Enslaved people were also driven west along the Trail of Tears. After a historic Supreme Court ruling, their descendants are fighting to be counted as tribal members.
OKMULGEE, Okla. — Ron Graham never had to prove to anyone that he was Black. But he has spent more than 30 years haunting tribal offices and genealogical archives, fighting for recognition that he is also a citizen of the Muscogee (Creek) Nation.
“We’re African-American,” Mr. Graham, 55, said. “But we’re Native American also.”
His family history is part of a little-known saga of bondage, blood and belonging within tribal nations, one that stretches from the Trail of Tears to this summer of uprisings in America’s streets over racial injustice.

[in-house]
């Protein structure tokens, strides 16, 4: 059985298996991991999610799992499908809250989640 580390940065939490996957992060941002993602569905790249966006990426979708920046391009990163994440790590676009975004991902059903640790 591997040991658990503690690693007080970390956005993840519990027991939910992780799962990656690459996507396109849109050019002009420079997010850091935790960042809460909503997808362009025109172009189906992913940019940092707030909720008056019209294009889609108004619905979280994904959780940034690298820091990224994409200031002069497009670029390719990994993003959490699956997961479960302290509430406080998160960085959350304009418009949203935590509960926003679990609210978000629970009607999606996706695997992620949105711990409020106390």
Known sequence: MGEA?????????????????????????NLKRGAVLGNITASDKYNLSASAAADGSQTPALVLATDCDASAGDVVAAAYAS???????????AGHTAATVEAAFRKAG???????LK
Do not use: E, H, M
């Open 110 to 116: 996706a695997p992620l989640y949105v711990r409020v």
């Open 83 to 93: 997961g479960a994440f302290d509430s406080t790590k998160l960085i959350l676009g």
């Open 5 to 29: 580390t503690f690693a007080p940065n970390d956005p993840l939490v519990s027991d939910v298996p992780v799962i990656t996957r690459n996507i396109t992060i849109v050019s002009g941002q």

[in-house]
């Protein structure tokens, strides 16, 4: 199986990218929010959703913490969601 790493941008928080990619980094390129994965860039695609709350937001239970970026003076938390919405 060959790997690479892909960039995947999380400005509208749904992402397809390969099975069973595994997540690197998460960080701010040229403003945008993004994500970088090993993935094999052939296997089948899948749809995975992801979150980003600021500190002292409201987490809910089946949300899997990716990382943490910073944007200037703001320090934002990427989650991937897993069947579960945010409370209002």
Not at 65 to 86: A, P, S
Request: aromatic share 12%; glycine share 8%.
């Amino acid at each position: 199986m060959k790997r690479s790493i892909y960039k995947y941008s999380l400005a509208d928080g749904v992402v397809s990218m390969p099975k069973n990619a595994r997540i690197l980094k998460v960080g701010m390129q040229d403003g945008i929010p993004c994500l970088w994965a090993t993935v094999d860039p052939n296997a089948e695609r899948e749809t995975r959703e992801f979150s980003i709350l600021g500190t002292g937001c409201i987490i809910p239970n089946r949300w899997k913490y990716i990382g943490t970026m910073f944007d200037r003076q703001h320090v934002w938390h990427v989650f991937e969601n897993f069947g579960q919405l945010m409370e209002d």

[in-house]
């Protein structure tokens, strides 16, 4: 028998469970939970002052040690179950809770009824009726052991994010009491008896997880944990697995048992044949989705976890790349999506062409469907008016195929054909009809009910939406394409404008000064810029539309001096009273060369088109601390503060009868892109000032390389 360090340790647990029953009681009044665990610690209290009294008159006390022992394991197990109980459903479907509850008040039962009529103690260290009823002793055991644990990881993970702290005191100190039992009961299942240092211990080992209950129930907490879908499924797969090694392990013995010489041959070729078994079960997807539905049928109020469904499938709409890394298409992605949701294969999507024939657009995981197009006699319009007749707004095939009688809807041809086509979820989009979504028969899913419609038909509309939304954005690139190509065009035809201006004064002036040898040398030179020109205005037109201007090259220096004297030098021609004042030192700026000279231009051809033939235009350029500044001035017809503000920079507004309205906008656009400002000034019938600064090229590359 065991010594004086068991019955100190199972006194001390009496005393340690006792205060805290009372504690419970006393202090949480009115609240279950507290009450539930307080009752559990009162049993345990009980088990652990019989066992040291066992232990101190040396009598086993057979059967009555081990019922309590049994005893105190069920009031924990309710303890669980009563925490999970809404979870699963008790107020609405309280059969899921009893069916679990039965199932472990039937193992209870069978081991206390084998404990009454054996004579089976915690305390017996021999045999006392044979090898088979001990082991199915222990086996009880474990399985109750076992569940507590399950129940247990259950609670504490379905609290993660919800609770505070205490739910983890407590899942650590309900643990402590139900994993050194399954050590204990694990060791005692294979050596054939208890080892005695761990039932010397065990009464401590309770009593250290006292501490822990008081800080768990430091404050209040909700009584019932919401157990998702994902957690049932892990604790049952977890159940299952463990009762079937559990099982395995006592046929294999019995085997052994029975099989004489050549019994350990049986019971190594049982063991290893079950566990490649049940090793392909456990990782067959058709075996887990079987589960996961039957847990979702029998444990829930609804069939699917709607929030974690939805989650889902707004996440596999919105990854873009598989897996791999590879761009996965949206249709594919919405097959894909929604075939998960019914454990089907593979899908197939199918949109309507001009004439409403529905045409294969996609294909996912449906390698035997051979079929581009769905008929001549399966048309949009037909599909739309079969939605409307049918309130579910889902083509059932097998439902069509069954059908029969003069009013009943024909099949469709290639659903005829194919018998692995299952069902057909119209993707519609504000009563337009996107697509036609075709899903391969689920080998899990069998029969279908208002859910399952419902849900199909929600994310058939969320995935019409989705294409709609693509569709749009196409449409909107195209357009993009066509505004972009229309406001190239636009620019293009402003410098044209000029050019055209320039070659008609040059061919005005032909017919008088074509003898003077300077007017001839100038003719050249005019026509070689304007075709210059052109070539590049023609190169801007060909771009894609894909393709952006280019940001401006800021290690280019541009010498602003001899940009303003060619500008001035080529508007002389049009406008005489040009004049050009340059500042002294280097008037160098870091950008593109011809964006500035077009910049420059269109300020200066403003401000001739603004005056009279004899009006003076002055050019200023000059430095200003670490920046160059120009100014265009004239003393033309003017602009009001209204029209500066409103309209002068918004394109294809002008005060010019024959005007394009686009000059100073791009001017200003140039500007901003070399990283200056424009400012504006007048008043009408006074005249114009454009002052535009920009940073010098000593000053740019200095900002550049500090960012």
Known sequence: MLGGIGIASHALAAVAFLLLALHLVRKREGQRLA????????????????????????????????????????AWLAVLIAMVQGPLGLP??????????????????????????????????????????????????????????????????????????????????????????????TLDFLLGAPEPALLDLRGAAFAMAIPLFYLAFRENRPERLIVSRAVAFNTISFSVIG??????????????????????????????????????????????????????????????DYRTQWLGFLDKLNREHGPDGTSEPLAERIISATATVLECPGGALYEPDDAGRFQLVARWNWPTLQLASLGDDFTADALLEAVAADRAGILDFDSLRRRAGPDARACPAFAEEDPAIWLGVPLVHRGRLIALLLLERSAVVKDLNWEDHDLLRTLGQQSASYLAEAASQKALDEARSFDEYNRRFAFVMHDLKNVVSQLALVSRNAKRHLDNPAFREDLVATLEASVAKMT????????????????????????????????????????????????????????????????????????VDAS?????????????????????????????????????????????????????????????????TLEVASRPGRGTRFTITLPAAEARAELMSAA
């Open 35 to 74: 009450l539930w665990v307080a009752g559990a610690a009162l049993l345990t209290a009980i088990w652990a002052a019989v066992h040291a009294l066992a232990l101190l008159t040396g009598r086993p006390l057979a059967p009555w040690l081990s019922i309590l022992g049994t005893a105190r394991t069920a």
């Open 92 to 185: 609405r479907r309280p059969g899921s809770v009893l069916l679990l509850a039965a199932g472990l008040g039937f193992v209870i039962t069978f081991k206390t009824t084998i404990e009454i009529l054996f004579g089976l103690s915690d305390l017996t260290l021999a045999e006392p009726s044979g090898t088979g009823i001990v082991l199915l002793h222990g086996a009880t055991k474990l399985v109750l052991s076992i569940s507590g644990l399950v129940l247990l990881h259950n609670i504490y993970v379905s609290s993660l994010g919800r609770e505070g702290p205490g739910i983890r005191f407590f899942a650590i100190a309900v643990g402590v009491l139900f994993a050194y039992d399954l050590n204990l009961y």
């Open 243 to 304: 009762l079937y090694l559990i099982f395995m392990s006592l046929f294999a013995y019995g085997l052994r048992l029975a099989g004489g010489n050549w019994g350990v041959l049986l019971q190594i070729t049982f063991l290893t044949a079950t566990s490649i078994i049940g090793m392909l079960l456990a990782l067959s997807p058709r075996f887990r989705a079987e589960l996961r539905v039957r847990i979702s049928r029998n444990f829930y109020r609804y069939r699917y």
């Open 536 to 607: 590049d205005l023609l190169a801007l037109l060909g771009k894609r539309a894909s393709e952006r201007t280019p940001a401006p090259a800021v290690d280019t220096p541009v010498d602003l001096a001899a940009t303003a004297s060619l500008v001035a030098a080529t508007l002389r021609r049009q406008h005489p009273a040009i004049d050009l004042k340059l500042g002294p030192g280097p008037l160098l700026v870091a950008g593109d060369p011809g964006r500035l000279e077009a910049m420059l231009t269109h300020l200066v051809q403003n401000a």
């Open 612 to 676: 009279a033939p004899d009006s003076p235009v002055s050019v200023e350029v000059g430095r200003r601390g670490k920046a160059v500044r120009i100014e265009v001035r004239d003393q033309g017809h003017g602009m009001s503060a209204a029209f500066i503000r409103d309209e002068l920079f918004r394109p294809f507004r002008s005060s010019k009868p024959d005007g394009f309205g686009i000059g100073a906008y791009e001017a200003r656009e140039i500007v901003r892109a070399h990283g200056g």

His ancestors are known as Creek Freedmen. They were among the thousands of African-Americans who were once enslaved by tribal members in the South and who migrated to Oklahoma when the tribes were forced off their homelands and marched west in the 1830s.